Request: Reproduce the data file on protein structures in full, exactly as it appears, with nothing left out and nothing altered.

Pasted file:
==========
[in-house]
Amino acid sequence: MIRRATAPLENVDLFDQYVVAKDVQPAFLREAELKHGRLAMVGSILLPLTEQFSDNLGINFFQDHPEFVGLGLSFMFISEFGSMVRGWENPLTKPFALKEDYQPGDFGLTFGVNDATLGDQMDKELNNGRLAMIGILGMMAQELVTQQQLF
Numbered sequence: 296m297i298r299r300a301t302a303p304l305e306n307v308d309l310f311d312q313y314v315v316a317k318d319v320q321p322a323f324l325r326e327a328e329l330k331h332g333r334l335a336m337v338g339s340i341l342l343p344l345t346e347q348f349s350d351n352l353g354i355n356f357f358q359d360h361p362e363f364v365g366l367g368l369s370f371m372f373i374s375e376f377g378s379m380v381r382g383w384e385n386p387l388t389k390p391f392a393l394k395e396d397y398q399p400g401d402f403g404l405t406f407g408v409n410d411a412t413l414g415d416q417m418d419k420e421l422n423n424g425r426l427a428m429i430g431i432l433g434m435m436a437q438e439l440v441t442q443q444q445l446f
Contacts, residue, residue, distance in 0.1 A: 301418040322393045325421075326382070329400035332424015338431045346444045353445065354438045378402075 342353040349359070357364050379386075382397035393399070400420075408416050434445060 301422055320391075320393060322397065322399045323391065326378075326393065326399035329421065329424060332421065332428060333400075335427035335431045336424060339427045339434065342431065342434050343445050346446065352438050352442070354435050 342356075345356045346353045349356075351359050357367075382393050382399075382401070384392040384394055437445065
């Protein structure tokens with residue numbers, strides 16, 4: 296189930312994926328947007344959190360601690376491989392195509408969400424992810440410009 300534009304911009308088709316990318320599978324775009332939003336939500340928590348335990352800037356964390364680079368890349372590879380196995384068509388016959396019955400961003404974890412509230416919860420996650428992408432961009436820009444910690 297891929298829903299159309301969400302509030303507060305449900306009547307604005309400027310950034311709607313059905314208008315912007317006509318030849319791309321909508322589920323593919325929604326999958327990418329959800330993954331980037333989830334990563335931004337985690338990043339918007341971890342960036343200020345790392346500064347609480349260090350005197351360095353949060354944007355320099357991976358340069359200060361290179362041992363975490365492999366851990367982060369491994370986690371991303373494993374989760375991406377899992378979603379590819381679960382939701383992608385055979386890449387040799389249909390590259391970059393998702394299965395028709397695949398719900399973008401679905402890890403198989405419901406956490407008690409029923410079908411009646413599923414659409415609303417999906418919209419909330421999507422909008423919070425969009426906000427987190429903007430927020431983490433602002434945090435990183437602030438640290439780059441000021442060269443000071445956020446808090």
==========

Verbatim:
[in-house]
Amino acid sequence: MIRRATAPLENVDLFDQYVVAKDVQPAFLREAELKHGRLAMVGSILLPLTEQFSDNLGINFFQDHPEFVGLGLSFMFISEFGSMVRGWENPLTKPFALKEDYQPGDFGLTFGVNDATLGDQMDKELNNGRLAMIGILGMMAQELVTQQQLF
Numbered sequence: 296m297i298r299r300a301t302a303p304l305e306n307v308d309l310f311d312q313y314v315v316a317k318d319v320q321p322a323f324l325r326e327a328e329l330k331h332g333r334l335a336m337v338g339s340i341l342l343p344l345t346e347q348f349s350d351n352l353g354i355n356f357f358q359d360h361p362e363f364v365g366l367g368l369s370f371m372f373i374s375e376f377g378s379m380v381r382g383w384e385n386p387l388t389k390p391f392a393l394k395e396d397y398q399p400g401d402f403g404l405t406f407g408v409n410d411a412t413l414g415d416q417m418d419k420e421l422n423n424g425r426l427a428m429i430g431i432l433g434m435m436a437q438e439l440v441t442q443q444q445l446f
Contacts, residue, residue, distance in 0.1 A: 301418040322393045325421075326382070329400035332424015338431045346444045353445065354438045378402075 342353040349359070357364050379386075382397035393399070400420075408416050434445060 301422055320391075320393060322397065322399045323391065326378075326393065326399035329421065329424060332421065332428060333400075335427035335431045336424060339427045339434065342431065342434050343445050346446065352438050352442070354435050 342356075345356045346353045349356075351359050357367075382393050382399075382401070384392040384394055437445065
């Protein structure tokens with residue numbers, strides 16, 4: 296189930312994926328947007344959190360601690376491989392195509408969400424992810440410009 300534009304911009308088709316990318320599978324775009332939003336939500340928590348335990352800037356964390364680079368890349372590879380196995384068509388016959396019955400961003404974890412509230416919860420996650428992408432961009436820009444910690 297891929298829903299159309301969400302509030303507060305449900306009547307604005309400027310950034311709607313059905314208008315912007317006509318030849319791309321909508322589920323593919325929604326999958327990418329959800330993954331980037333989830334990563335931004337985690338990043339918007341971890342960036343200020345790392346500064347609480349260090350005197351360095353949060354944007355320099357991976358340069359200060361290179362041992363975490365492999366851990367982060369491994370986690371991303373494993374989760375991406377899992378979603379590819381679960382939701383992608385055979386890449387040799389249909390590259391970059393998702394299965395028709397695949398719900399973008401679905402890890403198989405419901406956490407008690409029923410079908411009646413599923414659409415609303417999906418919209419909330421999507422909008423919070425969009426906000427987190429903007430927020431983490433602002434945090435990183437602030438640290439780059441000021442060269443000071445956020446808090």